Common Problems

Sewing machines are quite complicated objects inside, especially compared with most other household products.  With 4 main systems and about 6 peripheral ones, there are some problems that are easy to fix at home and some other common ones where it’s best if it comes for a visit.  Also remember; if it’s really stressing you out, it may be worth getting us to talk you through it anyway.

Angry-Machine-250x208 Common Problems

The MOST common problem: Looping.

Ever had all the thread loop under fabric? Well you and everyone else.

looping-700x110 Common Problems

There are 5 possibilities:

You’ve knocked your tension dial to zero (this is how I forced the machine to sew the above sample). FIX; check your dial, reset back to approx 4 and try again.

You’ve threaded your top thread with the presser foot in the down position and it’s not going through the tension properly.  FIX; make sure the presser foot is up, re-thread and try again.

There’s fluff and nonsense stuck in your tensions holding them open. FIX; grab a thin strip of fabric and “floss” it around your tension to drag anything fluff related away. Re-thread and try again.

You’ve missed your take-up leaver entirely (the metal arm that goes up and down above your needle).  Check the threading diagram in your manual, carefully follow every step and try again.

There’s something actually catching underneath in the bobbin (this is most people’s first assumption and quite rare but possible).  If you check your bobbin area and it looks okay, it might be time for a visit to the technician.

Angry-Machine-250x208 Common Problems

Skipped stitches.

There are 4 possibilities:

The most common is using the wrong needle for your fabric. More specifically, normal needles in knit or stretch fabric.  For more information on correct needles see Swing Tips.  FIX; choose the appropriate needle and try again.

Having the wrong thread coupled with the wrong needle.  eg. You have a fine needle with upholstery thread.  Check needle sizes correspond with thread weights and try again.

You don’t have the needle in the right position. FIX; undo your needle screw, make sure the needle is jammed as high as it can go and re-tighten the screw.

The timing of your machine is wrong. FIX; see a technician.  The delicate balance performed by all the movements in your machine is messed up due to age, lack of service or an extreme jam up.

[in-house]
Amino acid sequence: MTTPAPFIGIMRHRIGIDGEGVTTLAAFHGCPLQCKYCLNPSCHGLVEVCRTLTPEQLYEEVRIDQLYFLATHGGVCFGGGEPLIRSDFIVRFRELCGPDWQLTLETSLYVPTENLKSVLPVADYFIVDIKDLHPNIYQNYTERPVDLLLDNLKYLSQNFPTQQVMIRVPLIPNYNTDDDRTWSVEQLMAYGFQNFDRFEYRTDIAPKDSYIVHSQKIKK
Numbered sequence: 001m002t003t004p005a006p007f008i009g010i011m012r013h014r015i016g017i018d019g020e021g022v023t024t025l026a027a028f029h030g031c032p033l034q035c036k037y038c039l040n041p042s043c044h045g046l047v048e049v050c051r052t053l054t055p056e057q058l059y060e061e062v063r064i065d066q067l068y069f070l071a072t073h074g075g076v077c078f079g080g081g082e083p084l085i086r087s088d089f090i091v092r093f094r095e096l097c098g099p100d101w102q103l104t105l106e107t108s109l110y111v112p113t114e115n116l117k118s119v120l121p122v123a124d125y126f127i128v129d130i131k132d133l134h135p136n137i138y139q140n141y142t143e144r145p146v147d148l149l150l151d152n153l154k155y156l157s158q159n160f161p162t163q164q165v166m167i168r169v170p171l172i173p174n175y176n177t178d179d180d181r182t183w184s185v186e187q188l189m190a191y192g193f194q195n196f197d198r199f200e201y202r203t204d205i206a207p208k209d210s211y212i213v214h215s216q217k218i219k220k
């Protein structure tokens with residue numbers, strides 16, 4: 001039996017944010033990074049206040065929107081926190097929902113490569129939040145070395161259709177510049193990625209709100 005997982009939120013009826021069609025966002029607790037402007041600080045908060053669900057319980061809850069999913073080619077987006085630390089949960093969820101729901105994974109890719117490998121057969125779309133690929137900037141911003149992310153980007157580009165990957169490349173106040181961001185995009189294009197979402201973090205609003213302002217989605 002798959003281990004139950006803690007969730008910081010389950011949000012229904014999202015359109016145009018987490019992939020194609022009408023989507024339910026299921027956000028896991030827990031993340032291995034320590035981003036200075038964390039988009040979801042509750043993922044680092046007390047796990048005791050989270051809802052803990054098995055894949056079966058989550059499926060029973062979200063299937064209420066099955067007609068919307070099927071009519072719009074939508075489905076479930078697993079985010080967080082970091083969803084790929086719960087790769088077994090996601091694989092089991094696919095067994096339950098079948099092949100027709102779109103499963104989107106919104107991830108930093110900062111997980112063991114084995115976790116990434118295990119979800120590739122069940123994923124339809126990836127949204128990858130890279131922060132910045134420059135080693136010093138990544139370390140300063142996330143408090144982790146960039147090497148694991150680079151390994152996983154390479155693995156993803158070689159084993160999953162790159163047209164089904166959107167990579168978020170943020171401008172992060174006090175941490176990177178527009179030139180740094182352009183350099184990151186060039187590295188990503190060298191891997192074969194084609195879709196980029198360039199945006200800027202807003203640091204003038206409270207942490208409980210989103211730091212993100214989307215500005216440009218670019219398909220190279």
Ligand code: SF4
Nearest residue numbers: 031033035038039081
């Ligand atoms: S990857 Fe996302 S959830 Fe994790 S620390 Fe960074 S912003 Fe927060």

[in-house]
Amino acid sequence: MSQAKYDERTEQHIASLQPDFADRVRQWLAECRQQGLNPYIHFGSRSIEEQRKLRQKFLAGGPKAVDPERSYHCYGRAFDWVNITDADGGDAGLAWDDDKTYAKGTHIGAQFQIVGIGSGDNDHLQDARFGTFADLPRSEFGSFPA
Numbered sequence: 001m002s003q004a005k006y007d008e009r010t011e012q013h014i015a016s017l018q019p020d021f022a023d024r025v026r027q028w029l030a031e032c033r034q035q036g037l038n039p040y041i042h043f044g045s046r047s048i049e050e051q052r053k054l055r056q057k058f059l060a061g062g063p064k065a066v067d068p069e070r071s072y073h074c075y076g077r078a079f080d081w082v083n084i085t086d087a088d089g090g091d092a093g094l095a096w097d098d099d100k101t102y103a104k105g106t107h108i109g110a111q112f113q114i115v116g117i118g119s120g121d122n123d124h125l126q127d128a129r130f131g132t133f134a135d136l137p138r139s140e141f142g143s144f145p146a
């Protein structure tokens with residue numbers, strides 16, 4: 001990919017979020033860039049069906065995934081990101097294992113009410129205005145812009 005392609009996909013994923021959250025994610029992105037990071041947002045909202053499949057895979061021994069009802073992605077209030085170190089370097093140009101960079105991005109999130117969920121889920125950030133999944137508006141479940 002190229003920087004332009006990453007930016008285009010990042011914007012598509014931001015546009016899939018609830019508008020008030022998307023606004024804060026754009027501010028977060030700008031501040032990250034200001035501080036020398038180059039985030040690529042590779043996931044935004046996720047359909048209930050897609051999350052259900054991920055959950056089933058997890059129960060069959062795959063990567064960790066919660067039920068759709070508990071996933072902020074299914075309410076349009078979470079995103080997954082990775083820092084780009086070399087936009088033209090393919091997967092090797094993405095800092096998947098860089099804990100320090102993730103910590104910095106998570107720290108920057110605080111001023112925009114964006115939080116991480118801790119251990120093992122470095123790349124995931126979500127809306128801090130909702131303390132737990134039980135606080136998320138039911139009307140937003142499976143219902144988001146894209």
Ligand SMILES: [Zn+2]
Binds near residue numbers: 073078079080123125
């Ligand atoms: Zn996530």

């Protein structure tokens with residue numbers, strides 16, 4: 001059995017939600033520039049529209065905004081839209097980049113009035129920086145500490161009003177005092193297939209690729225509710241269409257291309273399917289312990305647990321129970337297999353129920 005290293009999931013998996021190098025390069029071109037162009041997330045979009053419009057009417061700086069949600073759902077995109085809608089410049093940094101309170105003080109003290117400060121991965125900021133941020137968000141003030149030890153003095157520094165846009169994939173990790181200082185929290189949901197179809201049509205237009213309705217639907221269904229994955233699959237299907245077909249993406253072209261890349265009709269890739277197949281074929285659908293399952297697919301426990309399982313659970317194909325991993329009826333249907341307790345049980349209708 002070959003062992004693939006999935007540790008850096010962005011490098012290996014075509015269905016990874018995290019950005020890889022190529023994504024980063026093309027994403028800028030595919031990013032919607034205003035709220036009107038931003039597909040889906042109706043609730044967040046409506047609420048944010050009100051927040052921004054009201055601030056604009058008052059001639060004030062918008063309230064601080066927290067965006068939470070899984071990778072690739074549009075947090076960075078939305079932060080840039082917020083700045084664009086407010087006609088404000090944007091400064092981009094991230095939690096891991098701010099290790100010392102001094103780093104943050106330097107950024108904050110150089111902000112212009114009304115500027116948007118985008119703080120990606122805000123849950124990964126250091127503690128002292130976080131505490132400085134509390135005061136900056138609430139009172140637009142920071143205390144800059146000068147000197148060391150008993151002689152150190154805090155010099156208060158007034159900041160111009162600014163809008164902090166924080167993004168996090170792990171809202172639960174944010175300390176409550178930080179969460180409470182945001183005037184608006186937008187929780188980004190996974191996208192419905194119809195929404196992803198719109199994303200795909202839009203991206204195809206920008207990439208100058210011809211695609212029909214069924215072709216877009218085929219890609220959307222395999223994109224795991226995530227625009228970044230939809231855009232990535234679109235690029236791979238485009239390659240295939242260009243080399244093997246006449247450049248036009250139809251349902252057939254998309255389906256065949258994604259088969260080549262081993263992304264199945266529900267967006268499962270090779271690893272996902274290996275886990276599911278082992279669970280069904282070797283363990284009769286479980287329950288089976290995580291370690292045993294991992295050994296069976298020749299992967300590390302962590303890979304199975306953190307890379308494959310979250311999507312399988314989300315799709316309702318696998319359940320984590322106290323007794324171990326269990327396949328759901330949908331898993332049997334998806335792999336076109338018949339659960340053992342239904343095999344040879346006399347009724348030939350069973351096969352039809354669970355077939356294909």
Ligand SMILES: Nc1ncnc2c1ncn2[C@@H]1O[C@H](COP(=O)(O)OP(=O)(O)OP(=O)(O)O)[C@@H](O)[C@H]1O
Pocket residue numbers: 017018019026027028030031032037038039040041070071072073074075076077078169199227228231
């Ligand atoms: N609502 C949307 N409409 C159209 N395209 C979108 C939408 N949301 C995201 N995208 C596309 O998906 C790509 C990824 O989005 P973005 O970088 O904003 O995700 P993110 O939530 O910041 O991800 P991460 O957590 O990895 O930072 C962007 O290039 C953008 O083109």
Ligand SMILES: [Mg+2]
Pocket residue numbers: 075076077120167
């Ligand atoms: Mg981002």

Angry-Machine-250x208 Common Problems

Bobbin threads show.

There are 4 possibilities:

You have missed your bobbin tension. FIX; re-thread the bobbin and try again.

You have wound your bobbin badly and it’s jumping around. FIX; check that your bobbin looks wound neatly with no loose ends or messiness (not too loose) but that you can still press a fingernail into the thread (not too tight).  Either rewind the bobbin to fix issues or re-thread your bobbin into the machine and try again.

There’s fluff stuck in your bobbin tension. FIX; there is a way to shove the sharp corner of a piece of paper into your bobbin case tension to clean it out but if you’re not comfortable with this, you can always talk to us about the problem.

Your bobbin tension has just become too loose.  FIX; tighten your bobbin tension (tighty righty, lefty loosey.  Small increments).  Once again, if this terrifies you, just bring it in to us.

Angry-Machine-250x208 Common Problems

Breaking consecutive needles.

There are 4 possibilities:

You’re not pushing your new needle up as far as it can go. FIX; adjust and try again.

What your trying to sew is too thick. FIX; try a larger (stronger) size needles. If it’s a denim seam, hit it with a hammer to spread the fibers and soften them.  Use a leather needle with a piercing point.  If it really is too thick, grab your balance wheel and hand wind over the tough parts.

You might be dragging the fabric too fast or pulling the fabric back yourself. FIX; let the fabric feed itself through the machine.  If it is getting stuck, stop and lift your presser foot one stitch at a time rather than just pulling it through.  We can tell if you do this a lot and will tell you off.

The hook may be hitting your needle. FIX; a technician.  We will be able to adjust the needle position to the correct position.

Angry-Machine-250x208 Common Problems

Needle Unthreading

There are 2 possibilities:

If you have a mechanical machine it may just be a case of finishing the stitch properly.  This means checking that the take-up leaver (the metal arm that goes up and down above your needle) is at it’s upper most position every time you finish a row of stitching.  If the needle is up the top but the take-up leaver is not, the action of the take-up leaver going up pulls the cut thread out when you start again.

When cutting your threads, it’s useful to know that somewhere in your threading path there is a spring (called a check spring).  If you pull too hard on your threads as you cut, the spring will bounce back and suck the thread back up through the threading path a bit.  Pull, then relax your threads before cutting and leave at least a 10cm tail.

Angry-Machine-250x208 Common Problems


Anything is smoking or running by itself.

Just bring that hot mess in.  There are 3-4 possibilities and some of them are fixable.

Angry-Machine-250x208 Common Problems